Deus Caritas Est: A Symposium (photocopy)

Conjugal Love, Condoms, and HIV/AIDS

David S. Crawford

Father Martin Rhonheimer is the most important moral theologian to come out in favor of condoms used to prevent the spread of HIV/AIDS. In The Tablet, he stated the following:

a married man who is HIV infected and uses condoms to protect his wife from infection is not acting to render procreation impossible, but to prevent infection. If conception is prevented, this will be an—unintentional—side effect and will not therefore shape the moral meaning of the act as a contraceptive act.1

The foregoing statement begins by framing the issue of condoms and HIV/AIDS in relation to the question of what constitutes a contraceptive act. Thus, the implication is that if the use of a condom is not contraceptive, then it is also not morally wrong. An analogous situation, according to this view, is that in which a woman takes the anovulant pill, not for contraception, but for therapeutic purposes.2

Most moral theologians would grant that the use of condoms to prevent the passing of HIV/AIDS to a spouse does not constitute an act of contraception, because it lacks the relevant intentionality. As a number of prominent moral theologians have argued, however, framing the question as though it were about contraception does not yet really come to grips with the underlying moral issue.3 Rather, the question needs to be addressed in relation to the nature of the conjugal act and chastity. Sexual acts are of course morally good only when they constitute conjugal acts, but not all sexual acts spouses may perform are ipso facto conjugal ones. The discussion of whether the contraceptive effect of the use of condoms to prevent the passing of HIV/ AIDS to a spouse is praeter intentionem (outside of intention) is therefore a distraction from the underlying moral issue. If the use of a condom prevents the sexual act from being truly conjugal, then the very choice to use a condom is in itself morally evil (i.e., the evil is not simply a side effect). Rhonheimer argues in response that the use of a condom for this purpose is only a “modification” of a normal sexual act and that this modification therefore does not invalidate the act as properly conjugal. The Church’s teaching that “each and every” sexual act between spouses must be “open” to procreation should therefore be understood to mean “intentional” openness, rather than “physical openness.”4 Otherwise, he continues, natural infertility, the use of NFP, and therapeutic uses of the pill would also invalidate the sexual intimacies of spouses as conjugal acts, since they too would lack “physical openness.”5 The attempt to argue that the use of a condom obstructs the integrity of the conjugal act, then, is to resort to a discredited moral theology of natural teleologies that violates the division between fact and value, between is and ought.6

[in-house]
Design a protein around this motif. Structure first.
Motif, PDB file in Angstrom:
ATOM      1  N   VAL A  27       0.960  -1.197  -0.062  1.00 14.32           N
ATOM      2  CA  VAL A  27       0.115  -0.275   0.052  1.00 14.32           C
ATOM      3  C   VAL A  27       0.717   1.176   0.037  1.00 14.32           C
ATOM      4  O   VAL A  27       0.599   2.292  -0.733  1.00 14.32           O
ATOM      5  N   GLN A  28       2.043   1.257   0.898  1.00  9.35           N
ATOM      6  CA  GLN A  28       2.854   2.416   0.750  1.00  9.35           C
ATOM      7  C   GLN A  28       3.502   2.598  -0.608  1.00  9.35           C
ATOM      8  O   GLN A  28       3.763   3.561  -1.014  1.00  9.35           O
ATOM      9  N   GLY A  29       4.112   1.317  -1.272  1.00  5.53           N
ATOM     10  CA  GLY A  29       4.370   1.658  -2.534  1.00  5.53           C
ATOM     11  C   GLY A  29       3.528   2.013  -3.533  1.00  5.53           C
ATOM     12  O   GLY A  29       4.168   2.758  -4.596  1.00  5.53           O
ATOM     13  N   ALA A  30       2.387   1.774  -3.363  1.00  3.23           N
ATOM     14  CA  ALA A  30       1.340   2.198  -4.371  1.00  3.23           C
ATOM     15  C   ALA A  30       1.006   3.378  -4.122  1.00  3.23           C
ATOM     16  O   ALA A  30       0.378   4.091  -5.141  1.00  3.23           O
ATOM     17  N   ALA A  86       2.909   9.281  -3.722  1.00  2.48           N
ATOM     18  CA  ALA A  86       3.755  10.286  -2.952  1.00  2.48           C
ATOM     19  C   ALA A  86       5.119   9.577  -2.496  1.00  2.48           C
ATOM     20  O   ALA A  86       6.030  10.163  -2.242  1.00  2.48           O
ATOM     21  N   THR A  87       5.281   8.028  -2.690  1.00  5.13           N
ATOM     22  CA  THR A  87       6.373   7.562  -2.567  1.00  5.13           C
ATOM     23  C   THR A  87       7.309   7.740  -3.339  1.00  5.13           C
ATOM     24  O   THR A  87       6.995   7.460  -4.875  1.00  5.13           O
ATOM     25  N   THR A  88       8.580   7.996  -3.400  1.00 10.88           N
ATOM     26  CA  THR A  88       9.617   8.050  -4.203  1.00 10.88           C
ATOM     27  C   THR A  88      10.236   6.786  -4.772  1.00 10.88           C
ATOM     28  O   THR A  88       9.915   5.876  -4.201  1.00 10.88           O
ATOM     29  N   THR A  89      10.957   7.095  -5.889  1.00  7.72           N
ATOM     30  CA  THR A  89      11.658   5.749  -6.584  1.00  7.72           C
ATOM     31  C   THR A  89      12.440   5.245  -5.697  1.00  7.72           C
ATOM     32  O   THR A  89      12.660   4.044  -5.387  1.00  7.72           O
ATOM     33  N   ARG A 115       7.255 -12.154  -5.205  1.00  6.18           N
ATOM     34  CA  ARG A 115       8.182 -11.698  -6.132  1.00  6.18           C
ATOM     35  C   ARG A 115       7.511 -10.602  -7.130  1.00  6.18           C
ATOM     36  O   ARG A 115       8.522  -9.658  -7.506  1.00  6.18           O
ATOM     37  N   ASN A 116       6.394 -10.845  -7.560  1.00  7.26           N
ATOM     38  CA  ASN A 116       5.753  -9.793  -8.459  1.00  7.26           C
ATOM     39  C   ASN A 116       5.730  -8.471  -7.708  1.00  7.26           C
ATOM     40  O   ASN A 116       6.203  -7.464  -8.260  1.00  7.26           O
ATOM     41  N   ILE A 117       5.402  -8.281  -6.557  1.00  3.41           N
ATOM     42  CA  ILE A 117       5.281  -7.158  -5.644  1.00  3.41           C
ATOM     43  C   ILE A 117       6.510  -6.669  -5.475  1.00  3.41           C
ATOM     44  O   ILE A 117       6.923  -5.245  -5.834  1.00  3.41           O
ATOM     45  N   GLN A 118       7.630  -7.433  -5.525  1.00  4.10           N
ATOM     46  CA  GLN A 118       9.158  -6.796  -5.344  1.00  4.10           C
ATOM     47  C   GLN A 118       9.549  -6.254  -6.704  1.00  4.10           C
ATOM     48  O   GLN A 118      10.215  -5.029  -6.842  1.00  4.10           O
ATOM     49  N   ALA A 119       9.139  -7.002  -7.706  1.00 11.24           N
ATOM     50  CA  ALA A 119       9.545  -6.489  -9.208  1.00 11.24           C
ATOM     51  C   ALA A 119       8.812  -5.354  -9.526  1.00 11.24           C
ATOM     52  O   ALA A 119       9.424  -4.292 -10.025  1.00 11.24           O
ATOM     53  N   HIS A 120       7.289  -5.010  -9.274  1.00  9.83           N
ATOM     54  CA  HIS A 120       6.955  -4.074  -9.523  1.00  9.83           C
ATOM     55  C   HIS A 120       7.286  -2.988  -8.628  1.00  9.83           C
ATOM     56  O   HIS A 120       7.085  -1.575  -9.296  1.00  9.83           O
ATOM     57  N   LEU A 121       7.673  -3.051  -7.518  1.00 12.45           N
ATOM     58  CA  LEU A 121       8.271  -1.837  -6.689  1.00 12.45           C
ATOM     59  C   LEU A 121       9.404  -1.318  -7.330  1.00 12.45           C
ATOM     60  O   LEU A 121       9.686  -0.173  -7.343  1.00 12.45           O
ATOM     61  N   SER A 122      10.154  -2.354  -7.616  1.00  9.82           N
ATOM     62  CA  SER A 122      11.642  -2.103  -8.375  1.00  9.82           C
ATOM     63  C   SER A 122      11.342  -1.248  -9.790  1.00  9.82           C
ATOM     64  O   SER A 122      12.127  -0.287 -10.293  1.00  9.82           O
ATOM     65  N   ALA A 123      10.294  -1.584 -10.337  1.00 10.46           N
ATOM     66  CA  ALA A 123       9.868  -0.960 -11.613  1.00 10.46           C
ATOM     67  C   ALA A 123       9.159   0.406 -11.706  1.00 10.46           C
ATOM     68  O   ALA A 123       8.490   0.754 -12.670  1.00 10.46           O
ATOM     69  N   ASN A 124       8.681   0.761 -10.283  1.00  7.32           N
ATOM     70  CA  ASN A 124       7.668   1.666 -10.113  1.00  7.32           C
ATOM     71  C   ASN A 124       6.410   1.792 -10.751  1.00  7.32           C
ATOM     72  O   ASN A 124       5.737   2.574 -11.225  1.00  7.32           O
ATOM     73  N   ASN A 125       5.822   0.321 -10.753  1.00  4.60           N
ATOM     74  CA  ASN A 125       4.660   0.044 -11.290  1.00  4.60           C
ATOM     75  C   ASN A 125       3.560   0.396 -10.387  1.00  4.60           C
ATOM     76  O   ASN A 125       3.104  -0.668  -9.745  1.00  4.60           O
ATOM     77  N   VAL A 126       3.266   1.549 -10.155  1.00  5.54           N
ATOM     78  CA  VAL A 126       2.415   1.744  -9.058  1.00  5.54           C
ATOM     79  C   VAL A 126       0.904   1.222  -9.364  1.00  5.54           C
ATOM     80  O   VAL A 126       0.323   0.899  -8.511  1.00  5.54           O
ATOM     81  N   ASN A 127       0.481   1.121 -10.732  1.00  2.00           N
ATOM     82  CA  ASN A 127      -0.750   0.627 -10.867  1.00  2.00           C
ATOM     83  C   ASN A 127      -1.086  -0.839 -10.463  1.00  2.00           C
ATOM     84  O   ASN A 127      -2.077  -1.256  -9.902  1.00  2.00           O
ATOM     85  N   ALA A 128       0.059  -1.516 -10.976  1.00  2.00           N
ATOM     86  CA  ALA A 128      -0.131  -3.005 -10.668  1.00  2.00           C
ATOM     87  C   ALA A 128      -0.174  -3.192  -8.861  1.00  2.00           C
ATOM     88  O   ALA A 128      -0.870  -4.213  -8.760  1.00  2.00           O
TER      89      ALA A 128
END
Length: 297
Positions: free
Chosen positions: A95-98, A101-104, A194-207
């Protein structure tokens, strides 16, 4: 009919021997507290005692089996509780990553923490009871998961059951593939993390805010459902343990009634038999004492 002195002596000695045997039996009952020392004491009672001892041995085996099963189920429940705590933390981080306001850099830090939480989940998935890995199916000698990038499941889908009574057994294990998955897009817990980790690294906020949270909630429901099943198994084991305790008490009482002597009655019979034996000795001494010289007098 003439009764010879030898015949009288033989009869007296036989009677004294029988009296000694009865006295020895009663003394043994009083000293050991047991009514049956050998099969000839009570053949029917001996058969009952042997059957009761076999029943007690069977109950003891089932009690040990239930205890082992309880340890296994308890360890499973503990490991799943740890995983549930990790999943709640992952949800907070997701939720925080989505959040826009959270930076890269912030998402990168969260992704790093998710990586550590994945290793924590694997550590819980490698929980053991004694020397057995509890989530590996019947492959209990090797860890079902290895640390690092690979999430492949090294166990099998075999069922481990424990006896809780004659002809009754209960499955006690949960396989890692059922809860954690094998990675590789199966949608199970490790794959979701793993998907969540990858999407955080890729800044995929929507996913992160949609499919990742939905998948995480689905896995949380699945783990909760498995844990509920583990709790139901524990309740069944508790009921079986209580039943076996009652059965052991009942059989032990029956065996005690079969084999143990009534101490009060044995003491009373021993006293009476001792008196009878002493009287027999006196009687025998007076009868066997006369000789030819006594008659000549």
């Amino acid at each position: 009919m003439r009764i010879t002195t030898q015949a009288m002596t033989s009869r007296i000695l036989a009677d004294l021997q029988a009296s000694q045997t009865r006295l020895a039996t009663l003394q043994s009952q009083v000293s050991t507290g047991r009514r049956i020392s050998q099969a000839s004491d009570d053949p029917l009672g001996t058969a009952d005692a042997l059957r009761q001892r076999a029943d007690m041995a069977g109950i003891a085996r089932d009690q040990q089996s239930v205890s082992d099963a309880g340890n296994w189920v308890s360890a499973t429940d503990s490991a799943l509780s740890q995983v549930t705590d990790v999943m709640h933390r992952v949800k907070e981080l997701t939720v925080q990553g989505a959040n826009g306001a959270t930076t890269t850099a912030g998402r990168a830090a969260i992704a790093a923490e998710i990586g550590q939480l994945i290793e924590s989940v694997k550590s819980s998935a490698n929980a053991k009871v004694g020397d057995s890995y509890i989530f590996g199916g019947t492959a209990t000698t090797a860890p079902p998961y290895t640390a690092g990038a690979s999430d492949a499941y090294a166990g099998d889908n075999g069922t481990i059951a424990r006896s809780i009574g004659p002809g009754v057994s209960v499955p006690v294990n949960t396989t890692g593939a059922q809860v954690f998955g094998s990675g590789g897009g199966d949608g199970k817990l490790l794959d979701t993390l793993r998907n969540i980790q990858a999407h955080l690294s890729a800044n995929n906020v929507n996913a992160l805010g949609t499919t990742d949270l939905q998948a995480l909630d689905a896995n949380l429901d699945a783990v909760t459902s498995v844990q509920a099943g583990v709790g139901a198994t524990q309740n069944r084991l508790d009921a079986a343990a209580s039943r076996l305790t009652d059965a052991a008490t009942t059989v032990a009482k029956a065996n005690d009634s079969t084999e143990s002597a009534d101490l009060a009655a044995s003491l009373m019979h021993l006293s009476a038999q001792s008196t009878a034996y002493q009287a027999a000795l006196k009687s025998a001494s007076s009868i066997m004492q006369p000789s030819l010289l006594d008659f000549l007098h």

This debate raises the issue of the role of intention and nature in determining when a sexual act is a “conjugal” one. While a full discussion of these matters would require a much fuller treatment than is possible in a short note, the following will nevertheless briefly offer the outlines of a response.


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